Canadian Lutheran Bible Institute

{ Learn to work together in a team, forming your character }

Phil - CLBI Student

I arrived at CLBI ready to dive into the word. CLBI was ready for me to dive into the outdoors, daring me to live in God’s holy wild. So there I was, at the summit of Mount Carthew in Waterton National Park overlooking Montana to the south, British Columbia to the west, and the golden plains of Alberta to the east. I was cold, hungry and my legs were burning but all of that didn’t seem to matter. I was experiencing God’s wonder!

We all grew very close as a group of guys that first week. Some of the bonding occurred as our limits were tested. Aside from hiking we also canoed for four days. Some of the profound and less insightful lessons I learned that week were that:

  • the river can truly be enjoyed when pretending to be pirates aboard the “S.S. Bad Idea” (ask me about it sometime).
  • food tastes best when it is cooked in one pot and mixed into a slimy stew.
  • “spooning” has nothing to do with utensils but rather is a method of sleeping in tight spaces such as tents to make it more bearable.
  • community, real, deep and honest community, is only achieved through the power of Christ’s love!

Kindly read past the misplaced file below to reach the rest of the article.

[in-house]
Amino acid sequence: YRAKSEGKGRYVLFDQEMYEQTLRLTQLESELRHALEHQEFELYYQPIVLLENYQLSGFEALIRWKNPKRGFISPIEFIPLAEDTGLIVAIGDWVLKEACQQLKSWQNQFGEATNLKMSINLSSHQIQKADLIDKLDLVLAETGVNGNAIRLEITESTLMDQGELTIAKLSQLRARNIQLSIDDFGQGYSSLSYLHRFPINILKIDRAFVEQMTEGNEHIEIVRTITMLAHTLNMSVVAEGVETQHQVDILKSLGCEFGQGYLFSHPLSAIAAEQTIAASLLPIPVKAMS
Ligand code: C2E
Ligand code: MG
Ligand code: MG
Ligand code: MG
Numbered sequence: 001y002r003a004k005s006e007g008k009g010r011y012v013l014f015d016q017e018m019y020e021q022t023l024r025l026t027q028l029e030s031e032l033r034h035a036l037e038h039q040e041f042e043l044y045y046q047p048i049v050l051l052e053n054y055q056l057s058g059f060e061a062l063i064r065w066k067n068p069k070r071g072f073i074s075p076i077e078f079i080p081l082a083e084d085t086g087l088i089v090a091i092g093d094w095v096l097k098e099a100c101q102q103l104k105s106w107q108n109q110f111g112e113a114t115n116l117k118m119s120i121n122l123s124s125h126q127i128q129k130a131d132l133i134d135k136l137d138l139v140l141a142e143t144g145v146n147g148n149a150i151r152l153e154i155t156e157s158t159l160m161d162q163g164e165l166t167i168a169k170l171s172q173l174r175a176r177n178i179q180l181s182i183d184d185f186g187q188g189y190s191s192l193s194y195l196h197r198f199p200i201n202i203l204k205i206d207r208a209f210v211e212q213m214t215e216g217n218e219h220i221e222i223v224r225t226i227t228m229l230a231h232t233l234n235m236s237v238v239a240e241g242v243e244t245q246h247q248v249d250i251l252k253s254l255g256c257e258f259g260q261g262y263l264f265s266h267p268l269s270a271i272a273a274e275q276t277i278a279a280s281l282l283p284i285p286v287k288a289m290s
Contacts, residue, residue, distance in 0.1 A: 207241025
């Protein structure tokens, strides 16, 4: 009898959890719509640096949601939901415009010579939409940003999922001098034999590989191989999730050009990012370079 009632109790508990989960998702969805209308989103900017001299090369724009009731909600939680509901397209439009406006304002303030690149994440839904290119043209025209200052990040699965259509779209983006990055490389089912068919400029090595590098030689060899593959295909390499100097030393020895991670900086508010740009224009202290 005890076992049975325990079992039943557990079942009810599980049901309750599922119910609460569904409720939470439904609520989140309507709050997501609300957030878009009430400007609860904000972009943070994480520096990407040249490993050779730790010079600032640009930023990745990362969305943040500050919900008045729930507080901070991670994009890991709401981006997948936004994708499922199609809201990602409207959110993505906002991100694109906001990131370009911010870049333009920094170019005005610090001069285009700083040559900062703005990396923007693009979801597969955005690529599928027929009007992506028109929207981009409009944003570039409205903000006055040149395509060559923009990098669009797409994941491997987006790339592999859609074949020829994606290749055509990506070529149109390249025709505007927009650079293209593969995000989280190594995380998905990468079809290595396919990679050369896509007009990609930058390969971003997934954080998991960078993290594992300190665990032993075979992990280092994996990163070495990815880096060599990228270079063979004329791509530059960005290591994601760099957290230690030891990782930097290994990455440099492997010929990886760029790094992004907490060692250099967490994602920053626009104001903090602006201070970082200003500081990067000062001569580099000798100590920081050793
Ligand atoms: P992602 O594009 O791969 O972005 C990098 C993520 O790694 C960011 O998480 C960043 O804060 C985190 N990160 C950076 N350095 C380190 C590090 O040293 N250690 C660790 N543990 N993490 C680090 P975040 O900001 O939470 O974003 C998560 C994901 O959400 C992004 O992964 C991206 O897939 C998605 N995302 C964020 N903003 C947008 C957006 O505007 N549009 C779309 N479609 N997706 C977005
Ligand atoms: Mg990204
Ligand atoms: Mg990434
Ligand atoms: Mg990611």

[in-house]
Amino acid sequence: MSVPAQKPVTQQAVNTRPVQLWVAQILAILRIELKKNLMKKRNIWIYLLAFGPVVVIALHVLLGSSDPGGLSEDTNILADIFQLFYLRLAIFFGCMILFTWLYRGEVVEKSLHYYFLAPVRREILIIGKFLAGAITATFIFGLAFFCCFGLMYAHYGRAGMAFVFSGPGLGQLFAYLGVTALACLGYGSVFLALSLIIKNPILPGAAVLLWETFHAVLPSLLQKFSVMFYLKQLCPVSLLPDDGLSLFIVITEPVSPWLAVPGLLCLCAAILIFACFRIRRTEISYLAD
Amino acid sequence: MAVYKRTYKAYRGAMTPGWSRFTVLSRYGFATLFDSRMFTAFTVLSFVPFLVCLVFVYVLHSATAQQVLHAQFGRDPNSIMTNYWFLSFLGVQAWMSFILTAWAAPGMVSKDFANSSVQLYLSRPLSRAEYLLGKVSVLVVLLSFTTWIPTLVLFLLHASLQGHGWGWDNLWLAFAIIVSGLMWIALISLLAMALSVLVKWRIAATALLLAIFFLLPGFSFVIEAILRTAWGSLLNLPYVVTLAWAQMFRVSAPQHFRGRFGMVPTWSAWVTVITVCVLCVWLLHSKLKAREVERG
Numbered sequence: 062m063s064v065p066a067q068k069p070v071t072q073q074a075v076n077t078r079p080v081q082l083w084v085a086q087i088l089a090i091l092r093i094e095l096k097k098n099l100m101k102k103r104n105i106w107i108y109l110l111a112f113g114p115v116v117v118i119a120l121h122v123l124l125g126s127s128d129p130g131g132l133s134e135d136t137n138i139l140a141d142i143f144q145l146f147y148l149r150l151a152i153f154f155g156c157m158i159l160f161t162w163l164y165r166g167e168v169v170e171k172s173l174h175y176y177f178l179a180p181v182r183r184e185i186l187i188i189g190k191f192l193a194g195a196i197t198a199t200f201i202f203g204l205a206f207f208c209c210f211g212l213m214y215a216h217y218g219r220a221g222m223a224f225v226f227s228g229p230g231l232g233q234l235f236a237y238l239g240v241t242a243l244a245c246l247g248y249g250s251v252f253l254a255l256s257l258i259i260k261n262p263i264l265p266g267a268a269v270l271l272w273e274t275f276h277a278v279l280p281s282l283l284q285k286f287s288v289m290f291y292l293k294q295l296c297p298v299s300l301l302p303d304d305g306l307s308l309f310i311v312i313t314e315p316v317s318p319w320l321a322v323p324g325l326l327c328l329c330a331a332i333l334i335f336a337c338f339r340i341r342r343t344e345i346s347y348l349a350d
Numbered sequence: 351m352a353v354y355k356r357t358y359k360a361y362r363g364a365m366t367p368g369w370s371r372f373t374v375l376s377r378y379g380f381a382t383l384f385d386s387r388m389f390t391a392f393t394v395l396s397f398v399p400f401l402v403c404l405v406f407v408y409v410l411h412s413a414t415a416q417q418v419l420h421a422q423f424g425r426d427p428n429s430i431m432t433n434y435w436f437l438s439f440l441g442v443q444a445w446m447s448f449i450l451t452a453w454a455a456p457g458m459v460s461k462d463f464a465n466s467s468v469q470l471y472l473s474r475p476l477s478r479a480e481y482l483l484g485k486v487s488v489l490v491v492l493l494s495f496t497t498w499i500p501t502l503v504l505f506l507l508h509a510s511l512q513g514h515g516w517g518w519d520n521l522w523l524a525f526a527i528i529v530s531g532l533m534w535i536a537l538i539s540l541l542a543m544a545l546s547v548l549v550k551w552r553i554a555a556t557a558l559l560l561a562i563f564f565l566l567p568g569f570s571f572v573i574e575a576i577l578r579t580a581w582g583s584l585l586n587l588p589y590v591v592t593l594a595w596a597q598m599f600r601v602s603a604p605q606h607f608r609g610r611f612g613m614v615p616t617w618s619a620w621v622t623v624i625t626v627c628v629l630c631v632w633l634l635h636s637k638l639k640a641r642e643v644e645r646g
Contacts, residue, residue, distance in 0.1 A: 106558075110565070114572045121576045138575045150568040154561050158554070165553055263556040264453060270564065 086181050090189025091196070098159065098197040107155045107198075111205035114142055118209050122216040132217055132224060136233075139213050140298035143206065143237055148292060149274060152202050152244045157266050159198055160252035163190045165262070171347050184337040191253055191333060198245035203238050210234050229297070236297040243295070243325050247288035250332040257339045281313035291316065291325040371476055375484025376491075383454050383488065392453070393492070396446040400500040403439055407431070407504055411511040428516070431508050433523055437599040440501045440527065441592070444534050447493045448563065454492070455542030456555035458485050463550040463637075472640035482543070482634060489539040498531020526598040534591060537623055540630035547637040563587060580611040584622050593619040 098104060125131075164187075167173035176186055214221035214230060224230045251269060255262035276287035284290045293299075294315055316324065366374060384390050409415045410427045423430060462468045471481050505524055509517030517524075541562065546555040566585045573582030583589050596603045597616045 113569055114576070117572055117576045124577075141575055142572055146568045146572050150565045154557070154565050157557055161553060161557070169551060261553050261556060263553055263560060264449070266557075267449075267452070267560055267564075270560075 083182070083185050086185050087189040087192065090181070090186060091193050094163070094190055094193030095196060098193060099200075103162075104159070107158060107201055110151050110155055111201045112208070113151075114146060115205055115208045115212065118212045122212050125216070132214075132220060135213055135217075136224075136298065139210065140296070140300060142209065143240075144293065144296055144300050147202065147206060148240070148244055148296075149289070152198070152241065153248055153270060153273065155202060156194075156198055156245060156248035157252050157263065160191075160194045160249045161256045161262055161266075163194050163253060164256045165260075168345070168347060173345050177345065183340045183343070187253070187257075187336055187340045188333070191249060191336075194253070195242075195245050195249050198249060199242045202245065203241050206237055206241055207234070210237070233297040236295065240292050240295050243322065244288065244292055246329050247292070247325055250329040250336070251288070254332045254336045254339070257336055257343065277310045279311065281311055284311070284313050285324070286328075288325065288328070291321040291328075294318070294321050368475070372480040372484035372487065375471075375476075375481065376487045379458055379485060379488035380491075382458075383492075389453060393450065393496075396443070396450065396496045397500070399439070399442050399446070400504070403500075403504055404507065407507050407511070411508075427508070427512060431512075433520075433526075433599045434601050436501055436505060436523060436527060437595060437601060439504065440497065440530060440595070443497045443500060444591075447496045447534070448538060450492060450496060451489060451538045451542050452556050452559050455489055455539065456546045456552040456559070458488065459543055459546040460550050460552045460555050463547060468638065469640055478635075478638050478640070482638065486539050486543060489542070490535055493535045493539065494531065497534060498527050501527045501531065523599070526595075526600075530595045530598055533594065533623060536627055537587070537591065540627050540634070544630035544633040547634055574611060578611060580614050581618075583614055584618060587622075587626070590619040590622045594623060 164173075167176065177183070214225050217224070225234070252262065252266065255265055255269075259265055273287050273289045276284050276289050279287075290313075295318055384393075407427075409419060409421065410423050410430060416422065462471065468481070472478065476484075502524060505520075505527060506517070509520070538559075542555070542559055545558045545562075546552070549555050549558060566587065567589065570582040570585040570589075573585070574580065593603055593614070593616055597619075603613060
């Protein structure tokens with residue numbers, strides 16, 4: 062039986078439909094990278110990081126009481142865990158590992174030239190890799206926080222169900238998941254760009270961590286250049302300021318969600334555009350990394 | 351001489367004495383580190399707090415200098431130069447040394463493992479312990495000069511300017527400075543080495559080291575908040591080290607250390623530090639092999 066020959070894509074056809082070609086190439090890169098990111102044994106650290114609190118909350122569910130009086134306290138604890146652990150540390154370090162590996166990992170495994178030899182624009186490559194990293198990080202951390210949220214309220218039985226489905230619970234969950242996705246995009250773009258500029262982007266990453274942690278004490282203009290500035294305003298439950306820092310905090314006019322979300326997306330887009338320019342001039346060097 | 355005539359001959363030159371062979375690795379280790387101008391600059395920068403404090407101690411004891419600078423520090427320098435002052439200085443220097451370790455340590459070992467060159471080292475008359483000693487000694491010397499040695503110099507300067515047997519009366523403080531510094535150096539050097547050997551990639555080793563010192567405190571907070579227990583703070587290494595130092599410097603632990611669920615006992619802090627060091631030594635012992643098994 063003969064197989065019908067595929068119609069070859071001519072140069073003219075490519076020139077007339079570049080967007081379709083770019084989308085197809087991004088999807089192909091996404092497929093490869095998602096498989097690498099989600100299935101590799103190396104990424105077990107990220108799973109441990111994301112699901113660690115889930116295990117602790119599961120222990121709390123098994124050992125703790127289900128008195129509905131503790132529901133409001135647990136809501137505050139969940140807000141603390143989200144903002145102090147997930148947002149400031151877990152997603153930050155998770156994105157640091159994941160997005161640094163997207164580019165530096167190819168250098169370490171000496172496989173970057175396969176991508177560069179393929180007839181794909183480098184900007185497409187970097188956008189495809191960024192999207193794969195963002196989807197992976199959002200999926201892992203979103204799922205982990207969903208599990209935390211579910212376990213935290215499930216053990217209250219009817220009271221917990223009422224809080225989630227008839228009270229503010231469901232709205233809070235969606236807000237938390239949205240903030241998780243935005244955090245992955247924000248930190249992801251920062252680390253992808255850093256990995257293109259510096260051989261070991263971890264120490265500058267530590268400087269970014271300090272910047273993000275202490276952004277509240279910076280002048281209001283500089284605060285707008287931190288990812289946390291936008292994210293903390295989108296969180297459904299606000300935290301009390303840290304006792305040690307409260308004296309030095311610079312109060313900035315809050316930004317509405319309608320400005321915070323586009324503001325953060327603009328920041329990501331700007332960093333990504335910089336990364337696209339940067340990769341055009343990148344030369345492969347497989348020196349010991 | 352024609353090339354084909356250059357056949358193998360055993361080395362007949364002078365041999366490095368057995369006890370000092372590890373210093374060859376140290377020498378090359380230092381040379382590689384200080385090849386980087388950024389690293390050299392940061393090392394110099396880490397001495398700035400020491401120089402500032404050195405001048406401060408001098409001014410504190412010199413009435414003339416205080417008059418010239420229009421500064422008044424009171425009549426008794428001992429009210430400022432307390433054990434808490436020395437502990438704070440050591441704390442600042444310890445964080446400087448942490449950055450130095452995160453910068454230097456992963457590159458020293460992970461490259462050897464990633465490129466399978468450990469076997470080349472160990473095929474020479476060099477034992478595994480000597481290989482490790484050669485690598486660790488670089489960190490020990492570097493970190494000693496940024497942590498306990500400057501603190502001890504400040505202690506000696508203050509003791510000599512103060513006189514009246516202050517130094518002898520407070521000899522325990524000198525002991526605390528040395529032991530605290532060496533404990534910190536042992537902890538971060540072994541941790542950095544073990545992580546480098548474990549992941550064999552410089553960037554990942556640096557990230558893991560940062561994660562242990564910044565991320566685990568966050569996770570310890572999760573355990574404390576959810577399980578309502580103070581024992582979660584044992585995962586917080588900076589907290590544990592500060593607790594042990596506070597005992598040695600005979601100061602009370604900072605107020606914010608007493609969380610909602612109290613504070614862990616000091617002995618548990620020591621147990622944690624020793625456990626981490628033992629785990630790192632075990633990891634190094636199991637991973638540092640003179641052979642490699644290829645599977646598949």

~ Phil Kjos


Mountain Top

A component of the first and second year programs at CLBI involves outdoor education.

Throughout the year there are a minimum of two week-long modules that are focused on outdoor experiences. For example, early in the school year students are engaged in an Outdoor Education module that involves canoeing, hiking, and small-group camping in the beauty of the outdoors.

Outdoor skills are taught through the wilderness challenges that are presented. These skills include outdoor cooking, small group interactions, low impact camping, and an introduction to outdoor equipment. Some underlying principles on which the program is based include simple, healthful living and an appreciation of nature through fun and recreation as well as solitude. Transferability of skills and these experiences to Christian life.

All of the outdoor experiences attempt to tie in spiritual truths as they are revealed through God’s creation. CLBI’s philosophy regarding the incorporation of the outdoor program into Bible school education is that as individuals are stretched in a physical sense, they can simultaneously be ‘stretched’ spiritually.

Students entering CLBI should be prepared to face challenges that will take them out of their comfort zones, be eager to learn to work together in a team, and be willing to undertake each test of character with determination.